Beijing’s Big Tech Crackdown Continues As Anti-Trust Regulators Probe IPO-Bound Didi Chuxing
Last fall, President Xi Jinping (according to western media reports) personally scrapped Ant Group’s $35 billion IPO, what would have been the world’s largest public listing, after Jack Ma criticized Beijing’s tech regulatory framework for ‘stifling innovation’ at an obscure industry conference.
Ma’s defiance unleashed a heavy handed response from Beijing, and since then Ant Group has been shackled by onerous new banking regulations, Alibaba has been slapped with a massive fine, and other Chinese tech giants like Tencent have found themselves targeted by new anti-monopoly rules designed to slow down their growth, and give competitors a better chance to flourish.
Now, it looks like another major deal might be threatened by China’s anti-trust crackdown on the country’s biggest tech firms.
According to a Reuters report, China’s newly empowered anti-trust regulator is in the early stages of an investigation into the firm. Regulators are looking for any signs of anti-competitive behavior (which is ironic, considering Didi used massive subsidies to beat out both domestic and foreign competitors, which were both eventually absorbed by Didi).
China’s market regulator has begun an antitrust probe into Didi Chuxing, three people with knowledge of the matter said, just as the ride-hailing giant is pushing ahead with what could be the largest initial public offering in the United States this year. But the firm also has domestic backers: Tencent is among its biggest backers.
The IPO is set to be the largest in the US since Alibaba’s 2014 $25 billion float. Didi is reportedly valued at $62 billion, according to Pitchbook data.
President Xi and other senior officials have spoken publicly about the need to chasten China’s tech giants, which they have accused of threatening the social order by becoming too capitalistic.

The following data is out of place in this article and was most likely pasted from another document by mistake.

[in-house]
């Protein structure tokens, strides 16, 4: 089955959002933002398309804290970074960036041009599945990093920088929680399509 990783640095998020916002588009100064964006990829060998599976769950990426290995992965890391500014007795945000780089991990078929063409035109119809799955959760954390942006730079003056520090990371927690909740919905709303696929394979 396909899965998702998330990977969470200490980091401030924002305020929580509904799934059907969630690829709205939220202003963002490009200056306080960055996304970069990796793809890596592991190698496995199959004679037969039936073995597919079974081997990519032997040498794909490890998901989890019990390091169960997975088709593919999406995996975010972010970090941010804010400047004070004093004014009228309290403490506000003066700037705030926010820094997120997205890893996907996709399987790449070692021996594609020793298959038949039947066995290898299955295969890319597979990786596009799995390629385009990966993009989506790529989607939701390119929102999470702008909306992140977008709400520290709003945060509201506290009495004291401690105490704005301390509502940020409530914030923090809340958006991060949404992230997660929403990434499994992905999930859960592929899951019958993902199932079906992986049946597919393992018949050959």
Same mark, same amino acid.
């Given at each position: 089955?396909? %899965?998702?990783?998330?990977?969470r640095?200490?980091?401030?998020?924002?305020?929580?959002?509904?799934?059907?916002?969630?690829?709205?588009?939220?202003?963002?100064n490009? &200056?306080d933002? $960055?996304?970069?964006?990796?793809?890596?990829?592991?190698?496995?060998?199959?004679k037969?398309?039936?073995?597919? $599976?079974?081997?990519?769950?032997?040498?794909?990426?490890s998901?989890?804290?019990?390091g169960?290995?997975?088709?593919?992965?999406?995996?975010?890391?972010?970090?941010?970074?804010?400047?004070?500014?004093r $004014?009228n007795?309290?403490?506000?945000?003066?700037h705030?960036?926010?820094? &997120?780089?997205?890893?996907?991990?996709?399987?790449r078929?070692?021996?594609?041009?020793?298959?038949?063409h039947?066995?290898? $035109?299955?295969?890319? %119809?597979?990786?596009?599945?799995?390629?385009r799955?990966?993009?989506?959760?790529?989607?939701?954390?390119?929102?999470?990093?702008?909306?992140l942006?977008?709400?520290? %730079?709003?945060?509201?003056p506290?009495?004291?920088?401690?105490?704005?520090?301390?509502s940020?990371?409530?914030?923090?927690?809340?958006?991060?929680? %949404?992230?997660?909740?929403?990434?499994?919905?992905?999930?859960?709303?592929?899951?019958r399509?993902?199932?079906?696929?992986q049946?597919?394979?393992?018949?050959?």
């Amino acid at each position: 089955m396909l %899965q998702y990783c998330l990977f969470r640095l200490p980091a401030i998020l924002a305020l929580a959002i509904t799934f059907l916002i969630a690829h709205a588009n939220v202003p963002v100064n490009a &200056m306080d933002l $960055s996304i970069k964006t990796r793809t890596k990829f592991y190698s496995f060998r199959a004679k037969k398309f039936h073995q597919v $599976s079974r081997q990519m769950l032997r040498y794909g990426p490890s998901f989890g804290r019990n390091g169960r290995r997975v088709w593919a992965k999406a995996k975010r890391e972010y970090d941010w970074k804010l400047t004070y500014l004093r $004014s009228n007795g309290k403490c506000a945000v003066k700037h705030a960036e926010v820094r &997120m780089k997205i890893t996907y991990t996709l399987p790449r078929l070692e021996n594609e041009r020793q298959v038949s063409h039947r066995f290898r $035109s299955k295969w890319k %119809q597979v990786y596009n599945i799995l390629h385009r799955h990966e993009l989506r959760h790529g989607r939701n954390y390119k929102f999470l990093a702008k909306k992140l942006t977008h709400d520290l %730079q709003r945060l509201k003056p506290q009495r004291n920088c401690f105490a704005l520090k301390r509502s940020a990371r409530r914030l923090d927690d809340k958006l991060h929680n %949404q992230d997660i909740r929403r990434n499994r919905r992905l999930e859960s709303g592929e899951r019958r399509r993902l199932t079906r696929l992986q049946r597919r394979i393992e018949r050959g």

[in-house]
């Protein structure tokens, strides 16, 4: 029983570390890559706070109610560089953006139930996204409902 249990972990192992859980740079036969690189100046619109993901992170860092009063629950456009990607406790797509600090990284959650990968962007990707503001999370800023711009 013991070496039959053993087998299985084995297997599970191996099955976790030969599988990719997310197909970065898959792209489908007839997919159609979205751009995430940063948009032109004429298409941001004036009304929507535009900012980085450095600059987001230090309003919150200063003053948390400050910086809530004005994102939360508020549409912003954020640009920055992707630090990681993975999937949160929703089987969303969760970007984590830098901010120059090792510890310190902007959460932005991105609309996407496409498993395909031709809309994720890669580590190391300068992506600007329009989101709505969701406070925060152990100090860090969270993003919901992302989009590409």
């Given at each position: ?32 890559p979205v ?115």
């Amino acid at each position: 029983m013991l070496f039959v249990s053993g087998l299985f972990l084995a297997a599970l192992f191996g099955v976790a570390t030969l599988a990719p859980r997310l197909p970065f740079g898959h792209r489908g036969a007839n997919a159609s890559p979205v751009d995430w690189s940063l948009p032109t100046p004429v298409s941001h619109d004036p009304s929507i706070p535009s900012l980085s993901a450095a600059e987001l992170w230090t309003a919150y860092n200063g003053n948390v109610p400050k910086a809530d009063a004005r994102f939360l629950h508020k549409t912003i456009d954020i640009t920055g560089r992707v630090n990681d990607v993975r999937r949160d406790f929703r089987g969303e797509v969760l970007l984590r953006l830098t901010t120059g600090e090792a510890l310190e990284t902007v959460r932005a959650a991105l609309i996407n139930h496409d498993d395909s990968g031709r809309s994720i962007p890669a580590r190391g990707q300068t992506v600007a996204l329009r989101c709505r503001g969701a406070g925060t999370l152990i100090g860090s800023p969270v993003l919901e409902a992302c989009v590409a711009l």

As Reuters readily admits, this probe is part of a pattern of Beijing clipping the wings of China’s tech giants. The investigation is “the latest in a sweeping crackdown on China’s so-called ‘platform’ companies, including Alibaba, and Tencent Holdings.”
The investigation is reportedly being led by the State Administration for Market Regulation, the regulator responsible for Alibaba’s multi-billion-dollar fine, and some of the new restrictions facing Ant Group and its rivals. The regulator, which has been delegated sweeping enforcement powers by Beijing, is looking for evidence that Didi used “any competitive practices that squeezed out smaller rivals unfairly,” according to the two anonymous sources cited by Reuters. Three sources also told the newswire that the regulator is also examining “whether hte pricing mechanism used by Didi’s core ride-hailing business is transparent enough.”
Did refused to comment to Reuters. The firm disclosed in its prospectus that it had met with regulators, including the SAMR, ahead of the IPO announcement. The regulators reportedly asked Didi and a host of other tech firms to conduct a “self-inspection” and submit compliance reports. The companies were asked to identify and correct possible violations of antimonopoly, anti-unfair competition, tax and other related laws and regulations. Didi said it had completed the self-inspection and the “relevant governmental authorities have conducted onsite inspections.” Still, the company warned that these measures might not be enough to ward off scrutiny from the government.
Reuters sources also said the probe is in its initial stages, and that the regulator has yet to give the company detailed instructions.
Didi currently operates in 15 countries and has nearly 500MM annual active users globally, according to the prospectus.
And while pulling the plug on the IPO would be extreme, at this point, an investigation by SAMR is cause for concern. If the recent past is any guide, a fine – probably a small one – seems likely.
Thu, 06/17/2021 – 11:40
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